“As Montanans, we don’t just talk the talk, we walk the walk,” Gov. Greg Gianforte said during a press conference on March 31 to give an update on the status of the state’s pandemic response. “Tomorrow, I’ll get one of these safe and effective vaccines right here in Lewis and Clark County.”
Gianforte said that since he is not yet 60, he did not think it was fair for him to jump ahead in line to get his vaccine, instead opting to wait until his “name came up.” After moving up the timeline for all Montanans age 16 and older to received COVID-19 vaccines, Gianforte is among those whose names are finally up.
The governor offered an end-of-the-month look at the state’s vaccine status, reporting that more than 231,000 vaccines were administered statewide in March, bringing the statewide total close to 500,000. The average daily caseload statewide continues to decline, down 43% from the February average.
Montana is slated to get 41,000 first doses of vaccine from the three authorized providers — Moderna, Pfizer and Johnson & Johnson — this week in addition to 25,000 second doses, which is 15,000 more than the state received last week.
In Flathead County, 13,204 residents are fully immunized while an additional 7,475 have received one dose.
With the expanded eligibility, Health Officer Joe Russell said the health department will be operating its vaccine clinic with expanded hours, from 9 a.m. to 3:30 p.m. Tuesday through Thursday. The expanded hours will add about 130-140 additional doses, bringing the clinic’s ability to give around 1,000 doses a day.
“That’s about the best we can do,” Russell said. “We’re also going to be working with partners to vaccinate homebound individuals and special partners.”
According to Russell, it costs around $12,000 a day to put on a vaccination clinic, a cost which could be partially covered by funds allocated to the county in the latest federal COVID-relief package.
The county is currently fully booked for vaccination appointments through the week of April 12. Individuals who want a vaccine can sign up through the health department’s website.
Russell did say that while all adult Montanans are now eligible, the health department plans to continue prioritizing some occupations.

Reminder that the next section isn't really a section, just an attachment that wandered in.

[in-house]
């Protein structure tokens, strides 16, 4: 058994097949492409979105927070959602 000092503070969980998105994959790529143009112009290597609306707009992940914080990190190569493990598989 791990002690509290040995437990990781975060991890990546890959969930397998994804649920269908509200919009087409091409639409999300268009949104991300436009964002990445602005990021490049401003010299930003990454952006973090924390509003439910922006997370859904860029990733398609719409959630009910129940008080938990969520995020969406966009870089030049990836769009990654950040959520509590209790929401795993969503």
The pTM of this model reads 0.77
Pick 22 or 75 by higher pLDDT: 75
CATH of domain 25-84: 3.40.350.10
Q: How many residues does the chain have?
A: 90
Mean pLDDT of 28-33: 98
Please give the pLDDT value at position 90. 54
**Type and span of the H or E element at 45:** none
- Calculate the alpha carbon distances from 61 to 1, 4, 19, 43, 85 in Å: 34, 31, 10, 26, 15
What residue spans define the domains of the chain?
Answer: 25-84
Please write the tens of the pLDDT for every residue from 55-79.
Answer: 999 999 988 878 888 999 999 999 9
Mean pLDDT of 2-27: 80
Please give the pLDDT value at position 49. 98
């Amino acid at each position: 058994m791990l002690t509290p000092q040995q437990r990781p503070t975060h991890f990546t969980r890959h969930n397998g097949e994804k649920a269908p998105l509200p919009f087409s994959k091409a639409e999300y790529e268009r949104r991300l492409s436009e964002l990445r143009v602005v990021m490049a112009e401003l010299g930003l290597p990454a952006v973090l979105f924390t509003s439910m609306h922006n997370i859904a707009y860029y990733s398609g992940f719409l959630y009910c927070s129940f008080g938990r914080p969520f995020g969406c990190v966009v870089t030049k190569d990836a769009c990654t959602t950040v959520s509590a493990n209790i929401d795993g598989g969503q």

“We believe the two highest risk occupations right now are educators, who are captive all day, and restaurant, tavern and grocery workers,” Russell said. “We’re going to keep people in tiers for a little bit, then shift to first come, first served.”
Anyone who wants a vaccine can also get one through a partner pharmacy. Currently in the Flathead Valley, Albertsons, Walmart, Walgreens, Safeway and Sykes Pharmacy are administering vaccines under the Federal Retail Pharmacy Program. To find a participating pharmacy and make an appointment, visit vaccinefinder.org or schedule an appointment directly through a pharmacy’s website.
The pharmacy programs have been instrumental in offsetting the demand for vaccinations from the county according to Russell, who noted that 60-70 percent of educational staff have been served by pharmacies since that group became an eligible population.
“At the clip we’re going, we could double what we’ve done in two months,” Russell said, adding that he would still like to see another organization open up a vaccine clinic.
The governor will receive his vaccine from a pharmacy in Helena on Thursday morning.
“You’ve heard me say it before: our trend lines remain encouraging,” Gianforte said, also confirming that he would continue to follow CDC guidelines, such as masking in public areas, going forward. “I encourage Montanans to get theirs now that we’re opening it up statewide.”
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